Low-acidity home canned foods, inadequately canned commercial goods, smoked or salted seafood, potatoes fried in aluminum foil, and other items stored at excessively high temperatures.
8–16 hours Clostridium perfringens
Meats, stews, and gravies are some of my favorite things to eat. When serving dishes don’t keep meals hot enough or food cools too slowly, this is a common occurrence.
1 to 8 days Escherichia coli
During slaughter, excrement tainted the beef. Undercooked ground beef is a major source of infection. Unpasteurized milk and apple cider, as well as alfalfa sprouts and polluted water, are some of the other causes.
Giardia lamblia is a parasitic worm that has been found in the United States
a week or two
Contaminated water and fresh, ready-to-eat fruit Infected food handlers may transmit the virus.
28 days for hepatitis A
polluted water, raw, ready-to-eat food, and shellfish Infected food handlers may transmit the virus.
9–48 hours Listeria
Hot dogs, luncheon meats, raw vegetables that has not been cleaned, and unpasteurized milk and cheeses. Contaminated soil and water may be used to transmit the disease.
12 to 48 hours Norovirus (Norwalk-like viruses)
polluted water, raw, ready-to-eat food, and shellfish Infected food handlers may transmit the virus.
1–3 days for rotavirus
Produce in its natural state, ready to consume. Infected food handlers may transmit the virus.
a day to three
Flesh, poultry, milk, or egg yolks that have been exposed to raw or infected meat. Survives poor food preparation. Knives, cutting surfaces, and sick food handlers may all transmit the infection.
Raw, ready-to-eat seafood and vegetables Infected food handlers may transmit the virus.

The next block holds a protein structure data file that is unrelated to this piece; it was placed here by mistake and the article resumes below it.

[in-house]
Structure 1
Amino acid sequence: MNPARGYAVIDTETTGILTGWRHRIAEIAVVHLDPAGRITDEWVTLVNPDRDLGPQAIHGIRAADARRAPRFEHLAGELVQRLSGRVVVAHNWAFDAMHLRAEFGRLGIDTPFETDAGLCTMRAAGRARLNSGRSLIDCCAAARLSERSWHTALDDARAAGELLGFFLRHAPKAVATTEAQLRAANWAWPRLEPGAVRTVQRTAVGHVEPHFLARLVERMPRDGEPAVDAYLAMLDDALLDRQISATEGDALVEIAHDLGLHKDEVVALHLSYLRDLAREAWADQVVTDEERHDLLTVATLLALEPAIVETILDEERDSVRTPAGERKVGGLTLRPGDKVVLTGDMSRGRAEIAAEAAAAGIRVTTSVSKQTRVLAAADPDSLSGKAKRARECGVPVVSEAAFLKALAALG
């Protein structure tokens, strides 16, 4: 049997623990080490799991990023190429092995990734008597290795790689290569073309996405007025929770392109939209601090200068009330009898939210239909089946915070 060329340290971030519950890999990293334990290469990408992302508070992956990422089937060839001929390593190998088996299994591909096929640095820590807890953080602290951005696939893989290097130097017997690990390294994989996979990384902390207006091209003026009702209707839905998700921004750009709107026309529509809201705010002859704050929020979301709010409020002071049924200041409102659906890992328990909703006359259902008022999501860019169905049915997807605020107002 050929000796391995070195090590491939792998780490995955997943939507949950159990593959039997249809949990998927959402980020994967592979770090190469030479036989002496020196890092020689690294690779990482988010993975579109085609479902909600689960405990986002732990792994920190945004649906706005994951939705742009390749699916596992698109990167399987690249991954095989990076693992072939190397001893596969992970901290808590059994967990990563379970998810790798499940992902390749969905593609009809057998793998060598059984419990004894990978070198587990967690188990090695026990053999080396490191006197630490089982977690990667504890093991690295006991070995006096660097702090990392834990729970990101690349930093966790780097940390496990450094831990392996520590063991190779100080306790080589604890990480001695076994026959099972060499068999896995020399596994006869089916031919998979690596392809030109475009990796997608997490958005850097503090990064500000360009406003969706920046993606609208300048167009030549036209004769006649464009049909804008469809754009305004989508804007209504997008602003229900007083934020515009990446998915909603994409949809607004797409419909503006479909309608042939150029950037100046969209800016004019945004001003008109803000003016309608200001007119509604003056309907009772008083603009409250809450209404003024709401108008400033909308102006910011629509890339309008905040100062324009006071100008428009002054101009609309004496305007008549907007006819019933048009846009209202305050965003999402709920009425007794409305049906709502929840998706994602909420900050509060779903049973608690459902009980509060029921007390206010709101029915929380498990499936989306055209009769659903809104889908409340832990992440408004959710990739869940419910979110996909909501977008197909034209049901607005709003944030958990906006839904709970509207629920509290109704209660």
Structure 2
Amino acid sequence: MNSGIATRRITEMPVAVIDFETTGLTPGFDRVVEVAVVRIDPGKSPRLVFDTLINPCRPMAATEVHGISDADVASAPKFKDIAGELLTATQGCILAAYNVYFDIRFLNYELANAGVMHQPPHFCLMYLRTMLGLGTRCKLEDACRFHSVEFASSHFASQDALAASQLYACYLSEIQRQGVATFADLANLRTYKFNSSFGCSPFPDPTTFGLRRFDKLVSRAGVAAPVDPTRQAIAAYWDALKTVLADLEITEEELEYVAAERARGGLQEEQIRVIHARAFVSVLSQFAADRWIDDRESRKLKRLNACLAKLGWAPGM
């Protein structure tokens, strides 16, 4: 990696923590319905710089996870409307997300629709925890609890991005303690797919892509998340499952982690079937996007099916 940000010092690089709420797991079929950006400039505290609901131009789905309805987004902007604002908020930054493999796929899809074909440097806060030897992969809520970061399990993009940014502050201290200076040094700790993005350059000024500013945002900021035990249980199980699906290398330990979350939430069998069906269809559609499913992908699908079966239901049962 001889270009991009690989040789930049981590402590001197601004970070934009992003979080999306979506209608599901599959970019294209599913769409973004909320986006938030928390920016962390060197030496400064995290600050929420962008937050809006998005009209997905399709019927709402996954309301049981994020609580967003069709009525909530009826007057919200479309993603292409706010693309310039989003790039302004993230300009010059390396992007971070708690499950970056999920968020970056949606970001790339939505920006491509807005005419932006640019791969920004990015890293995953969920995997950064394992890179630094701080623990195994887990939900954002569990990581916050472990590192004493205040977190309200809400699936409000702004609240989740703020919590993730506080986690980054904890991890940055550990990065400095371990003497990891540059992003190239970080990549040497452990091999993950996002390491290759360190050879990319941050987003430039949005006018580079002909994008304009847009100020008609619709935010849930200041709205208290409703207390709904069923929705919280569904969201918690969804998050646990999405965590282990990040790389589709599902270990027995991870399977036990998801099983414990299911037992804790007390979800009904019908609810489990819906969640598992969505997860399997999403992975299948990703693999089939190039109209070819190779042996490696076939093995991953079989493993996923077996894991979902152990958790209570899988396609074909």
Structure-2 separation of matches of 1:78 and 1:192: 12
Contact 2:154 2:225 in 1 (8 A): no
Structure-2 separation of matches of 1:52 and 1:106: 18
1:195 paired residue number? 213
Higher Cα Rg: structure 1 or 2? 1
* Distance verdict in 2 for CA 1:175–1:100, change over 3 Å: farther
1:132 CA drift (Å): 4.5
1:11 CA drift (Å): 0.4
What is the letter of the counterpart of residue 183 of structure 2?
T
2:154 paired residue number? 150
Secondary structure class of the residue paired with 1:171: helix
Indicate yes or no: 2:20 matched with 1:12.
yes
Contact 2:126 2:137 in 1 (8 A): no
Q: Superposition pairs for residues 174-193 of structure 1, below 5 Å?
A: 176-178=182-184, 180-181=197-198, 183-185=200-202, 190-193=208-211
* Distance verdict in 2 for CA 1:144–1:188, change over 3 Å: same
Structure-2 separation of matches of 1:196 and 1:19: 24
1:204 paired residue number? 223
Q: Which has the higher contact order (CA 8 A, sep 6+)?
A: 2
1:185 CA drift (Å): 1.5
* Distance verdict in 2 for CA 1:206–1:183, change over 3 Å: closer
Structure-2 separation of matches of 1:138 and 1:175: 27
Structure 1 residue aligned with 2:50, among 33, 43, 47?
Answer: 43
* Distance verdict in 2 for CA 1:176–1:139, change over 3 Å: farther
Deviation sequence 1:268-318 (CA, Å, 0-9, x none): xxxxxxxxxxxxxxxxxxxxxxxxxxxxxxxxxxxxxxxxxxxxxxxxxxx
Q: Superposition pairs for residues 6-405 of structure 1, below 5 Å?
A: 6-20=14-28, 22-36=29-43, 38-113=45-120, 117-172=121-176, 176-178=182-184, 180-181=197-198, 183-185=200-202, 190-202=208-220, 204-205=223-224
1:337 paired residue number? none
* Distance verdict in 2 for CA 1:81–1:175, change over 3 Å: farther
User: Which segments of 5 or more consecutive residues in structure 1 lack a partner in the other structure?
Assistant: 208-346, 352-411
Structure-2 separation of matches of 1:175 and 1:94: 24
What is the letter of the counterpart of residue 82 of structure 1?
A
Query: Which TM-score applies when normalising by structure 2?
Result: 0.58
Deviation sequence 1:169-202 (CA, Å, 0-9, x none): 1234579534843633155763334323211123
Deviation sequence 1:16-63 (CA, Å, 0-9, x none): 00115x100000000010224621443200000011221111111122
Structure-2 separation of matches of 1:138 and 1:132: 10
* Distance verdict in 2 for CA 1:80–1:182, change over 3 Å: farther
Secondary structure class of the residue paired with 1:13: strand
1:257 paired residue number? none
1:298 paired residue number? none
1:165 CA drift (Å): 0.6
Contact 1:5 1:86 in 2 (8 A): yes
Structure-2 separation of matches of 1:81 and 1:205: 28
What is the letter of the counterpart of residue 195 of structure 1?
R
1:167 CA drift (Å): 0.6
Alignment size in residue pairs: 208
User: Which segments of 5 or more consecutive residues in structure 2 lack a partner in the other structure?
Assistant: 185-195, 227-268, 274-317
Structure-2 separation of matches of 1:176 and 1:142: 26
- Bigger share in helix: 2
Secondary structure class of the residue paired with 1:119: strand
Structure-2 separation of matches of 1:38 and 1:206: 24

Staphylococcus aureus is a kind of bacteria that causes infections in humans.
Meats and prepared salads, cream sauces, and cream-filled pastries are some of the items available. Hand contact, coughing, and sneezing are all ways for the virus to spread.
1 to 7 days for Vibrio vulnificus
Oysters, mussels, clams, and entire scallops that have been left uncooked or undercooked. Contaminated saltwater may spread it.
Factors of danger
The organism, the quantity of exposure, your age, and your health all influence whether you feel unwell after eating infected food. The following people are in high-risk groups:
Senior citizens Your immune system may not be able to react to infectious organisms as fast or as efficiently as it did when you were younger as you become older.
Women who are expecting a child or are already expecting a child. Food poisoning is more likely during pregnancy because of changes in metabolism and circulation. During pregnancy, your response may be stronger.
Your infant may, on rare occasions, become ill as well.
Young children and infants. Their immune systems aren’t yet ready.
Chronically ill people Your immune response is lowered if you have a chronic illness like diabetes, liver disease, or AIDS, or if you’re getting cancer treatment like chemotherapy or radiation.
Dehydration, or a significant loss of water and vital salts and minerals, is the most prevalent major side effect of food poisoning. Dehydration should not be a concern if you’re a healthy adult who drinks enough to restore fluids lost due to vomiting or diarrhea.
When individuals lose more fluids than they can replenish, they become severely dehydrated. This is especially true for infants, the elderly, and persons with weakened immune systems or chronic diseases. They may need to be admitted to the hospital and given intravenous fluids in this scenario. Dehydration may be lethal in certain circumstances.
For some individuals, some forms of food poisoning might have significant consequences. Among them are: